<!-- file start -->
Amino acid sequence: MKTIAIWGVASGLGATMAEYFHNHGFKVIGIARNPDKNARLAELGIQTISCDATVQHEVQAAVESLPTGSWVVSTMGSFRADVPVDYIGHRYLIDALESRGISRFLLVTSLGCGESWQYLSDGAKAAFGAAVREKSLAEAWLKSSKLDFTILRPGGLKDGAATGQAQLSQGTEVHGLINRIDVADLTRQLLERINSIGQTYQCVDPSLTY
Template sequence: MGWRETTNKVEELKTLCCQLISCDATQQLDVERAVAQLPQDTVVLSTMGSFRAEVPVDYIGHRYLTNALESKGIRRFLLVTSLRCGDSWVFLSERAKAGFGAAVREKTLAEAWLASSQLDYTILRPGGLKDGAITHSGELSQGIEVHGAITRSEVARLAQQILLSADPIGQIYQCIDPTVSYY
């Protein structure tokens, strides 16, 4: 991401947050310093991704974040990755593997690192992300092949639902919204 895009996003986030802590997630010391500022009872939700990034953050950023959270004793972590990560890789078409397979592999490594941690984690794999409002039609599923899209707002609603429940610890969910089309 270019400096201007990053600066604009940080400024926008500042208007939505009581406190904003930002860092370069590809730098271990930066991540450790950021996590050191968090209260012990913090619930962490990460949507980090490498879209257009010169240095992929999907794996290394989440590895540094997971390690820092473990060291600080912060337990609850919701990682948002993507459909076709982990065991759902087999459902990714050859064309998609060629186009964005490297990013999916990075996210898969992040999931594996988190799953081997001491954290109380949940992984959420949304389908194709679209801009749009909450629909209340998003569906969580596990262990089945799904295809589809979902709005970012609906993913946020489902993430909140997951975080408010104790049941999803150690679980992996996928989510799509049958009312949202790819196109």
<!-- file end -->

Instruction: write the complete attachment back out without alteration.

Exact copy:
Amino acid sequence: MKTIAIWGVASGLGATMAEYFHNHGFKVIGIARNPDKNARLAELGIQTISCDATVQHEVQAAVESLPTGSWVVSTMGSFRADVPVDYIGHRYLIDALESRGISRFLLVTSLGCGESWQYLSDGAKAAFGAAVREKSLAEAWLKSSKLDFTILRPGGLKDGAATGQAQLSQGTEVHGLINRIDVADLTRQLLERINSIGQTYQCVDPSLTY
Template sequence: MGWRETTNKVEELKTLCCQLISCDATQQLDVERAVAQLPQDTVVLSTMGSFRAEVPVDYIGHRYLTNALESKGIRRFLLVTSLRCGDSWVFLSERAKAGFGAAVREKTLAEAWLASSQLDYTILRPGGLKDGAITHSGELSQGIEVHGAITRSEVARLAQQILLSADPIGQIYQCIDPTVSYY
């Protein structure tokens, strides 16, 4: 991401947050310093991704974040990755593997690192992300092949639902919204 895009996003986030802590997630010391500022009872939700990034953050950023959270004793972590990560890789078409397979592999490594941690984690794999409002039609599923899209707002609603429940610890969910089309 270019400096201007990053600066604009940080400024926008500042208007939505009581406190904003930002860092370069590809730098271990930066991540450790950021996590050191968090209260012990913090619930962490990460949507980090490498879209257009010169240095992929999907794996290394989440590895540094997971390690820092473990060291600080912060337990609850919701990682948002993507459909076709982990065991759902087999459902990714050859064309998609060629186009964005490297990013999916990075996210898969992040999931594996988190799953081997001491954290109380949940992984959420949304389908194709679209801009749009909450629909209340998003569906969580596990262990089945799904295809589809979902709005970012609906993913946020489902993430909140997951975080408010104790049941999803150690679980992996996928989510799509049958009312949202790819196109």